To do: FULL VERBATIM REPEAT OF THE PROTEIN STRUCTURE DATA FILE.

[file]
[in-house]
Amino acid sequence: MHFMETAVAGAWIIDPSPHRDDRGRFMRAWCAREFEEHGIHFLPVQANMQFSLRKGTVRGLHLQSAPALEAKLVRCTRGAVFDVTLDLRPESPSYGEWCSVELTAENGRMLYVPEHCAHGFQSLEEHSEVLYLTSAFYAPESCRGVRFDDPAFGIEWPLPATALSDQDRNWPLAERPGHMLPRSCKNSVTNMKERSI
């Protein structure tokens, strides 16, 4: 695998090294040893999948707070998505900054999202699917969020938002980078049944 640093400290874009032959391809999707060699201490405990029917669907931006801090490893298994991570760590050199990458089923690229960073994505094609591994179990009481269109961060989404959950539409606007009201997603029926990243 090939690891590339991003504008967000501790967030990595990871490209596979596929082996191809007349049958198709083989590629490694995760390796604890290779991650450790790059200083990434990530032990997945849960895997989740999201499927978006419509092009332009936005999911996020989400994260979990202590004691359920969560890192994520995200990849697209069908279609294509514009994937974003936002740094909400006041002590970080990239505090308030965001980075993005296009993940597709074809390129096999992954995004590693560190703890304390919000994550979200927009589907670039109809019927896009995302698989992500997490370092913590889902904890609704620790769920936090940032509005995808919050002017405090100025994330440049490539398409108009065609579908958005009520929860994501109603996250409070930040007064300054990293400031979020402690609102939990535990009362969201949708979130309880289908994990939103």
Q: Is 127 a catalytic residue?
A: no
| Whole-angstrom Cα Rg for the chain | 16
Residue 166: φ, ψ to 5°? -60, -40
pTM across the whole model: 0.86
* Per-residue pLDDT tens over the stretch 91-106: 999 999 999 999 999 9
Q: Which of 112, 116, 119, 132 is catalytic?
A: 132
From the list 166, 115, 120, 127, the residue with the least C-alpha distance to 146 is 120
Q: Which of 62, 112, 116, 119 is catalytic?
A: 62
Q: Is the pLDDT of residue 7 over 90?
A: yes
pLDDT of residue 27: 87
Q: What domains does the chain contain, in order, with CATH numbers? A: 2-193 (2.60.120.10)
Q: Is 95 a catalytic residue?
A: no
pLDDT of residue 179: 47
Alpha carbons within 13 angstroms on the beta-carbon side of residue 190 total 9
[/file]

[in-house]
Amino acid sequence: MHFMETAVAGAWIIDPSPHRDDRGRFMRAWCAREFEEHGIHFLPVQANMQFSLRKGTVRGLHLQSAPALEAKLVRCTRGAVFDVTLDLRPESPSYGEWCSVELTAENGRMLYVPEHCAHGFQSLEEHSEVLYLTSAFYAPESCRGVRFDDPAFGIEWPLPATALSDQDRNWPLAERPGHMLPRSCKNSVTNMKERSI
């Protein structure tokens, strides 16, 4: 695998090294040893999948707070998505900054999202699917969020938002980078049944 640093400290874009032959391809999707060699201490405990029917669907931006801090490893298994991570760590050199990458089923690229960073994505094609591994179990009481269109961060989404959950539409606007009201997603029926990243 090939690891590339991003504008967000501790967030990595990871490209596979596929082996191809007349049958198709083989590629490694995760390796604890290779991650450790790059200083990434990530032990997945849960895997989740999201499927978006419509092009332009936005999911996020989400994260979990202590004691359920969560890192994520995200990849697209069908279609294509514009994937974003936002740094909400006041002590970080990239505090308030965001980075993005296009993940597709074809390129096999992954995004590693560190703890304390919000994550979200927009589907670039109809019927896009995302698989992500997490370092913590889902904890609704620790769920936090940032509005995808919050002017405090100025994330440049490539398409108009065609579908958005009520929860994501109603996250409070930040007064300054990293400031979020402690609102939990535990009362969201949708979130309880289908994990939103």
Q: Is 127 a catalytic residue?
A: no
| Whole-angstrom Cα Rg for the chain | 16
Residue 166: φ, ψ to 5°? -60, -40
pTM across the whole model: 0.86
* Per-residue pLDDT tens over the stretch 91-106: 999 999 999 999 999 9
Q: Which of 112, 116, 119, 132 is catalytic?
A: 132
From the list 166, 115, 120, 127, the residue with the least C-alpha distance to 146 is 120
Q: Which of 62, 112, 116, 119 is catalytic?
A: 62
Q: Is the pLDDT of residue 7 over 90?
A: yes
pLDDT of residue 27: 87
Q: What domains does the chain contain, in order, with CATH numbers? A: 2-193 (2.60.120.10)
Q: Is 95 a catalytic residue?
A: no
pLDDT of residue 179: 47
Alpha carbons within 13 angstroms on the beta-carbon side of residue 190 total 9